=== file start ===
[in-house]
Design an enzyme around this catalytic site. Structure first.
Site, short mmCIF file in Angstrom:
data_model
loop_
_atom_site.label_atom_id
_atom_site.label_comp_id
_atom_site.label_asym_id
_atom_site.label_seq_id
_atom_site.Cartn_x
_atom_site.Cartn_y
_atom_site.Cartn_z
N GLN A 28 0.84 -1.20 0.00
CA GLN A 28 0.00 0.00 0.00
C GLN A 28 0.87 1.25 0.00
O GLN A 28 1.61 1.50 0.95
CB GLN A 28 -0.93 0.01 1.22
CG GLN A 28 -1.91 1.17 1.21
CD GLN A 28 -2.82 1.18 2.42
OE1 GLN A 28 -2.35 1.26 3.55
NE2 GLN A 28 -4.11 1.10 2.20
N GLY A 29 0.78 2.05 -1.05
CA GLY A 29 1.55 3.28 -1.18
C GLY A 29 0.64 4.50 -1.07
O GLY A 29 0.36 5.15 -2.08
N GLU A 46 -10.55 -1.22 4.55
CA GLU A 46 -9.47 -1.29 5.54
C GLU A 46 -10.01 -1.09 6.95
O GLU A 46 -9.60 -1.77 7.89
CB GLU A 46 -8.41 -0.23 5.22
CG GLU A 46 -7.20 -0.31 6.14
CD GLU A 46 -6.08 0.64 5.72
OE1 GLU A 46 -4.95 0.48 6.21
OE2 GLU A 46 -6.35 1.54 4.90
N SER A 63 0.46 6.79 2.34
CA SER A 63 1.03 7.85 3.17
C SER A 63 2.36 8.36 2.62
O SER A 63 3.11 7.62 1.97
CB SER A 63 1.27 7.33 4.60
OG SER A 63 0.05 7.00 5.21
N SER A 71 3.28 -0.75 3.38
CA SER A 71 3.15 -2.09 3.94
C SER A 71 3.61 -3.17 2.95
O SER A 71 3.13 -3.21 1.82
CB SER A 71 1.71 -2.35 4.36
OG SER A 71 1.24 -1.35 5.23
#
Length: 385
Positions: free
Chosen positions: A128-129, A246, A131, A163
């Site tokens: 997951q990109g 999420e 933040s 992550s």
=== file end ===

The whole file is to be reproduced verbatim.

[in-house]
Design an enzyme around this catalytic site. Structure first.
Site, short mmCIF file in Angstrom:
data_model
loop_
_atom_site.label_atom_id
_atom_site.label_comp_id
_atom_site.label_asym_id
_atom_site.label_seq_id
_atom_site.Cartn_x
_atom_site.Cartn_y
_atom_site.Cartn_z
N GLN A 28 0.84 -1.20 0.00
CA GLN A 28 0.00 0.00 0.00
C GLN A 28 0.87 1.25 0.00
O GLN A 28 1.61 1.50 0.95
CB GLN A 28 -0.93 0.01 1.22
CG GLN A 28 -1.91 1.17 1.21
CD GLN A 28 -2.82 1.18 2.42
OE1 GLN A 28 -2.35 1.26 3.55
NE2 GLN A 28 -4.11 1.10 2.20
N GLY A 29 0.78 2.05 -1.05
CA GLY A 29 1.55 3.28 -1.18
C GLY A 29 0.64 4.50 -1.07
O GLY A 29 0.36 5.15 -2.08
N GLU A 46 -10.55 -1.22 4.55
CA GLU A 46 -9.47 -1.29 5.54
C GLU A 46 -10.01 -1.09 6.95
O GLU A 46 -9.60 -1.77 7.89
CB GLU A 46 -8.41 -0.23 5.22
CG GLU A 46 -7.20 -0.31 6.14
CD GLU A 46 -6.08 0.64 5.72
OE1 GLU A 46 -4.95 0.48 6.21
OE2 GLU A 46 -6.35 1.54 4.90
N SER A 63 0.46 6.79 2.34
CA SER A 63 1.03 7.85 3.17
C SER A 63 2.36 8.36 2.62
O SER A 63 3.11 7.62 1.97
CB SER A 63 1.27 7.33 4.60
OG SER A 63 0.05 7.00 5.21
N SER A 71 3.28 -0.75 3.38
CA SER A 71 3.15 -2.09 3.94
C SER A 71 3.61 -3.17 2.95
O SER A 71 3.13 -3.21 1.82
CB SER A 71 1.71 -2.35 4.36
OG SER A 71 1.24 -1.35 5.23
#
Length: 385
Positions: free
Chosen positions: A128-129, A246, A131, A163
């Site tokens: 997951q990109g 999420e 933040s 992550s």